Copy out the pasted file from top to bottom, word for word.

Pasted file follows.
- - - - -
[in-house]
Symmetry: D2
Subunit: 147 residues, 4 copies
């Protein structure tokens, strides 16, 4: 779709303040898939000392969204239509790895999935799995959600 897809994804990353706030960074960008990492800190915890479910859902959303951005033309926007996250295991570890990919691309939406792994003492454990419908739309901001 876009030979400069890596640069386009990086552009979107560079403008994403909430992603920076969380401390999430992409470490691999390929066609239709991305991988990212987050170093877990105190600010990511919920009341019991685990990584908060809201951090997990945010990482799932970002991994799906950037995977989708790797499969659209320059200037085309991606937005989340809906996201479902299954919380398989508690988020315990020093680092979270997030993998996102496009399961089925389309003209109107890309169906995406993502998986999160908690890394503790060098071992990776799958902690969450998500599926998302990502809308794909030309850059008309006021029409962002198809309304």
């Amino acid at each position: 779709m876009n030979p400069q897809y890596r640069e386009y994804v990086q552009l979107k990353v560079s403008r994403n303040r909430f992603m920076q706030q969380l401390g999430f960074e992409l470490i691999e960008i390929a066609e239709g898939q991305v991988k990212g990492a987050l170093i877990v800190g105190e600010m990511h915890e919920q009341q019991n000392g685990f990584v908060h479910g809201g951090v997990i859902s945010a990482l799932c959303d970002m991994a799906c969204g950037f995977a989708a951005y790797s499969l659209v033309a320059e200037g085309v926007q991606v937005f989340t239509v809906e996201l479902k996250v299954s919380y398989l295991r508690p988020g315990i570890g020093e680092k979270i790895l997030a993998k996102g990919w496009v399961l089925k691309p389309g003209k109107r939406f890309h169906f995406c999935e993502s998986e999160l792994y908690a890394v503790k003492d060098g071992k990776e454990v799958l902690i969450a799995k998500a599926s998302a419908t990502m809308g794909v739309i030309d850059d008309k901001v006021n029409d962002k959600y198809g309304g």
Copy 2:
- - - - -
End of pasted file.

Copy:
[in-house]
Symmetry: D2
Subunit: 147 residues, 4 copies
């Protein structure tokens, strides 16, 4: 779709303040898939000392969204239509790895999935799995959600 897809994804990353706030960074960008990492800190915890479910859902959303951005033309926007996250295991570890990919691309939406792994003492454990419908739309901001 876009030979400069890596640069386009990086552009979107560079403008994403909430992603920076969380401390999430992409470490691999390929066609239709991305991988990212987050170093877990105190600010990511919920009341019991685990990584908060809201951090997990945010990482799932970002991994799906950037995977989708790797499969659209320059200037085309991606937005989340809906996201479902299954919380398989508690988020315990020093680092979270997030993998996102496009399961089925389309003209109107890309169906995406993502998986999160908690890394503790060098071992990776799958902690969450998500599926998302990502809308794909030309850059008309006021029409962002198809309304």
């Amino acid at each position: 779709m876009n030979p400069q897809y890596r640069e386009y994804v990086q552009l979107k990353v560079s403008r994403n303040r909430f992603m920076q706030q969380l401390g999430f960074e992409l470490i691999e960008i390929a066609e239709g898939q991305v991988k990212g990492a987050l170093i877990v800190g105190e600010m990511h915890e919920q009341q019991n000392g685990f990584v908060h479910g809201g951090v997990i859902s945010a990482l799932c959303d970002m991994a799906c969204g950037f995977a989708a951005y790797s499969l659209v033309a320059e200037g085309v926007q991606v937005f989340t239509v809906e996201l479902k996250v299954s919380y398989l295991r508690p988020g315990i570890g020093e680092k979270i790895l997030a993998k996102g990919w496009v399961l089925k691309p389309g003209k109107r939406f890309h169906f995406c999935e993502s998986e999160l792994y908690a890394v503790k003492d060098g071992k990776e454990v799958l902690i969450a799995k998500a599926s998302a419908t990502m809308g794909v739309i030309d850059d008309k901001v006021n029409d962002k959600y198809g309304g």
Copy 2: